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In this action to recover damages for personal injuries resulting from an allegedly defective product the Supreme Court reversed the judgment of the trial court granting summary judgment in favor of Defendants, holding that the amendment to the statute of repose in Number 17-97 of the 2017 Public Acts (P.A. 17-97) retroactively applied to Plaintiff's claims. On appeal, Plaintiff argued that the statute of repose applied to her product liability claims is unconstitutional because it creates two classes of claimants - employees subject to a ten-year statute of repose and nonemployees not subject to the statute of repose if the claimant shows the product was within its useful safe life when the injury occurred. While Defendants' motions for summary judgment were pending the legislature enacted P.A. 17-97, which combined the two classes of claimants by removing the limitation provision applicable to employees. The trial court concluded that P.A. 17-97 was not retroactive and applied the ten-year statute of repose to bar Plaintiff's claims. The Supreme Court reversed, holding that the amendment to the statute of repose in P.A. 17-97 retroactively applied to Plaintiff's claims. The Court remanded to determine whether there is a genuine issue of material fact as to whether the injury occurred during the safe life of the product. View "King v. Volvo Excavators AB" on Justia Law

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The Supreme Court reversed the judgment of the trial court granting Defendants' motions for summary judgment and dismissing Plaintiff's claim that Defendants' negligent disposal of cigarettes inside an abandoned, privately owned mill in the town ignited a fire that destroyed both the mill and a sewage line in the basement of the mill, holding that Plaintiff was entitled to the benefit of the alternative liability doctrine for the purpose of proving its case at trial. In granting summary judgment, the trial court found that Plaintiff, Connecticut Interlocal Risk Management Agency, as subrogee of its insured, the town of Somers, could not establish which of the defendants' cigarettes had sparked the blaze and therefore could not establish causation. In so holding, the trial court refused Plaintiff's request that it adopt the alternative liability doctrine, as set forth in section 433 B(3) of the Restatement (Second). The Supreme Court reversed and remanded the case, holding (1) when three threshold requirements have been met, the alternative liability doctrine should be recognized as a limited exception to the general rule that the plaintiff in a negligence action must prove that each of the defendants caused the plaintiff's harm; and (2) the three requirements for application of the doctrine were met in this case. View "Connecticut Interlocal Risk Management Agency v. Jackson" on Justia Law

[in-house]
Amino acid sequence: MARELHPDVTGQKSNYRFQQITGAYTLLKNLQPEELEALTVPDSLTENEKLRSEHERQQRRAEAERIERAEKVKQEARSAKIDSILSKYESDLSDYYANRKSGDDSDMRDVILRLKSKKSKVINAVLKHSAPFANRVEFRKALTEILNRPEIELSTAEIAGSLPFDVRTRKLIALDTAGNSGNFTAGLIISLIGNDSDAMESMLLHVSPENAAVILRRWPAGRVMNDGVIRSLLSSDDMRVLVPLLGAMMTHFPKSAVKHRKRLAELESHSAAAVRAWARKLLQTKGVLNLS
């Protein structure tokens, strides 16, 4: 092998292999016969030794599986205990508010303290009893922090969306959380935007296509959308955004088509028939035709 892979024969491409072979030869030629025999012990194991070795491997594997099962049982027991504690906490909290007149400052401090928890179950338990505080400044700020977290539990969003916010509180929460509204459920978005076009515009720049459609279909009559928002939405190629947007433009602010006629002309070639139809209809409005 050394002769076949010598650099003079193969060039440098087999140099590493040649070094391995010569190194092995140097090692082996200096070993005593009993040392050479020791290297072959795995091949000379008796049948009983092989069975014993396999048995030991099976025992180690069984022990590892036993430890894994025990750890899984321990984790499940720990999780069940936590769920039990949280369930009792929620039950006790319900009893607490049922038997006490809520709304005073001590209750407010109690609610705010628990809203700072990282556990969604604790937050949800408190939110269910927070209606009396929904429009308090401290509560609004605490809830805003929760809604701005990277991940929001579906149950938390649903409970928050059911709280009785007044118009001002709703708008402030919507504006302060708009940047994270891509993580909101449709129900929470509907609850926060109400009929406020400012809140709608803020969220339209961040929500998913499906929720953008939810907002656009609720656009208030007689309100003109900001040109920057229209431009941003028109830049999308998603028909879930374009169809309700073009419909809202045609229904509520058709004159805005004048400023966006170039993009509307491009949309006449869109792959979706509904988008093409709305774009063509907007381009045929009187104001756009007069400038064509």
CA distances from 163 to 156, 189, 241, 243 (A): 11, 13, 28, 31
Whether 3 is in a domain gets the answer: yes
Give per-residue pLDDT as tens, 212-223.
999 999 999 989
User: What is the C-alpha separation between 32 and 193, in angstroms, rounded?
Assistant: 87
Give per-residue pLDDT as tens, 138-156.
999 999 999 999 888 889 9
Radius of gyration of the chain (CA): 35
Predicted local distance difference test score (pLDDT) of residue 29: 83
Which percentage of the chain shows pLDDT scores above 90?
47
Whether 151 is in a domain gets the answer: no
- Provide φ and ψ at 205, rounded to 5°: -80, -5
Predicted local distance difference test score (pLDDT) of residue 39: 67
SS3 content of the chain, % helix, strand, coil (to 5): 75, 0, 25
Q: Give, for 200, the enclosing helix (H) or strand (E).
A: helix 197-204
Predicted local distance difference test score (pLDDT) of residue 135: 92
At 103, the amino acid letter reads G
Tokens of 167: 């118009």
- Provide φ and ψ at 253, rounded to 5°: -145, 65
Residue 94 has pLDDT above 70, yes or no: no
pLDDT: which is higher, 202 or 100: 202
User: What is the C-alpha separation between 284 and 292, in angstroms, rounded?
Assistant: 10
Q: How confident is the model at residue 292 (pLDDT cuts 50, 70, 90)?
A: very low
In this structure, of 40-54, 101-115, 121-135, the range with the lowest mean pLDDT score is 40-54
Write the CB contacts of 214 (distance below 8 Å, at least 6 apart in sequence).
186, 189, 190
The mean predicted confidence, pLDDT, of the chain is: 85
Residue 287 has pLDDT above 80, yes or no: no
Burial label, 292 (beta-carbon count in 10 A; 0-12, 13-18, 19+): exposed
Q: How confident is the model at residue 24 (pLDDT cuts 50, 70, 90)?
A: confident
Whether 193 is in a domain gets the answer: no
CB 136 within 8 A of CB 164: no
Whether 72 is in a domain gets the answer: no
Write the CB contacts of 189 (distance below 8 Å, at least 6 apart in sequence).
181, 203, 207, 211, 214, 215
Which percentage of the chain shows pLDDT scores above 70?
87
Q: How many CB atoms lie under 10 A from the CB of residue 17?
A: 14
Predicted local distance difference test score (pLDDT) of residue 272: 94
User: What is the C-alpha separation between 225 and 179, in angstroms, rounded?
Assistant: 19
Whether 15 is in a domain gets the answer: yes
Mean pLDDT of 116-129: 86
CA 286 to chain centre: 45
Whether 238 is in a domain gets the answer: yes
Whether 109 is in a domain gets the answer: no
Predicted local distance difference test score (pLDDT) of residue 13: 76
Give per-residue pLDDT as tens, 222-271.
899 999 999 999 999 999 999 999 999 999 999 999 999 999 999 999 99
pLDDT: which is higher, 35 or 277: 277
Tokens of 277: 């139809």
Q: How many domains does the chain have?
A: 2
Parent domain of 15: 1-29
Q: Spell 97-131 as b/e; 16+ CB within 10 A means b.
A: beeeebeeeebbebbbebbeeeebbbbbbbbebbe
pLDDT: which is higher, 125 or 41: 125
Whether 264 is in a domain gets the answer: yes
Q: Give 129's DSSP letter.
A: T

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The Supreme Court reversed the judgment of the trial court denying the City of Bridgeport's motion for summary judgment on Plaintiff's complaint that the City was negligent by failing to follow a local emergency service plan and permitting a highway defect to exist, namely, snow, holding that the City was immune for its actions pursuant to Conn. Gen. Stat. 28-13. The trial court rejected the City's argument that this action was barred by common-law governmental immunity and that the City could not invoke the protections of section 28-13 immunity because a genuine issue of material fact existed as to whether the City was actively experiencing a civil preparedness emergency at the time of the death in this case. The Supreme Court reversed, holding (1) an appealable final judgment existed; and (2) there was no genuine issue of material fact with respect to the applicability of section 28-13, and therefore, the trial court should have granted summary judgment. View "Sena v. American Medical Response of Connecticut, Inc." on Justia Law